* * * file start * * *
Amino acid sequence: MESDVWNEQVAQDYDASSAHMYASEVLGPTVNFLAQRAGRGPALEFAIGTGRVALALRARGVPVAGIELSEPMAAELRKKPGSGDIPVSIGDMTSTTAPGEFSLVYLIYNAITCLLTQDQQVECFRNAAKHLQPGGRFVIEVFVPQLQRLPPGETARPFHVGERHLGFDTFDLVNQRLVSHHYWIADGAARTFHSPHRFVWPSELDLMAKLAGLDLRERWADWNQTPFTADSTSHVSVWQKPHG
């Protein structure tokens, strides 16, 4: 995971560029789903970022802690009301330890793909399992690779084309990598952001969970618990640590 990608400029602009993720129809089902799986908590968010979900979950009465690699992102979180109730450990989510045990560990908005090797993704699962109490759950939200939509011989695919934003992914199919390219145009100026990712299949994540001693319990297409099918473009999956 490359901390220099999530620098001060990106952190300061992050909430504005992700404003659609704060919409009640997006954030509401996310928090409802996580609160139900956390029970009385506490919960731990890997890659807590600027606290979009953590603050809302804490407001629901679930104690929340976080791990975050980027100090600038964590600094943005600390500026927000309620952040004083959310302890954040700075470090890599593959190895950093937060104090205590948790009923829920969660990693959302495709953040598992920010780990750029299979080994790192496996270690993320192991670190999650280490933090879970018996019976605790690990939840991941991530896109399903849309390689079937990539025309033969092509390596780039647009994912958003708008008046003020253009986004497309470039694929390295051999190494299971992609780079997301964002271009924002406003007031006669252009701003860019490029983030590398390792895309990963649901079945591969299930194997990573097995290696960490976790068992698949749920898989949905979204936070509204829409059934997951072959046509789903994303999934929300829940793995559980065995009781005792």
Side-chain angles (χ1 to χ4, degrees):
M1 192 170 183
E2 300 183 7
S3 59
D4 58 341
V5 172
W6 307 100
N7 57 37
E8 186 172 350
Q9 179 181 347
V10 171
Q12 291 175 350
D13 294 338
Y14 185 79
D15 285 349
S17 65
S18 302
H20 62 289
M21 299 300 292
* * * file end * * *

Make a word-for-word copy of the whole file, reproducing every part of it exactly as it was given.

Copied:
Amino acid sequence: MESDVWNEQVAQDYDASSAHMYASEVLGPTVNFLAQRAGRGPALEFAIGTGRVALALRARGVPVAGIELSEPMAAELRKKPGSGDIPVSIGDMTSTTAPGEFSLVYLIYNAITCLLTQDQQVECFRNAAKHLQPGGRFVIEVFVPQLQRLPPGETARPFHVGERHLGFDTFDLVNQRLVSHHYWIADGAARTFHSPHRFVWPSELDLMAKLAGLDLRERWADWNQTPFTADSTSHVSVWQKPHG
């Protein structure tokens, strides 16, 4: 995971560029789903970022802690009301330890793909399992690779084309990598952001969970618990640590 990608400029602009993720129809089902799986908590968010979900979950009465690699992102979180109730450990989510045990560990908005090797993704699962109490759950939200939509011989695919934003992914199919390219145009100026990712299949994540001693319990297409099918473009999956 490359901390220099999530620098001060990106952190300061992050909430504005992700404003659609704060919409009640997006954030509401996310928090409802996580609160139900956390029970009385506490919960731990890997890659807590600027606290979009953590603050809302804490407001629901679930104690929340976080791990975050980027100090600038964590600094943005600390500026927000309620952040004083959310302890954040700075470090890599593959190895950093937060104090205590948790009923829920969660990693959302495709953040598992920010780990750029299979080994790192496996270690993320192991670190999650280490933090879970018996019976605790690990939840991941991530896109399903849309390689079937990539025309033969092509390596780039647009994912958003708008008046003020253009986004497309470039694929390295051999190494299971992609780079997301964002271009924002406003007031006669252009701003860019490029983030590398390792895309990963649901079945591969299930194997990573097995290696960490976790068992698949749920898989949905979204936070509204829409059934997951072959046509789903994303999934929300829940793995559980065995009781005792």
Side-chain angles (χ1 to χ4, degrees):
M1 192 170 183
E2 300 183 7
S3 59
D4 58 341
V5 172
W6 307 100
N7 57 37
E8 186 172 350
Q9 179 181 347
V10 171
Q12 291 175 350
D13 294 338
Y14 185 79
D15 285 349
S17 65
S18 302
H20 62 289
M21 299 300 292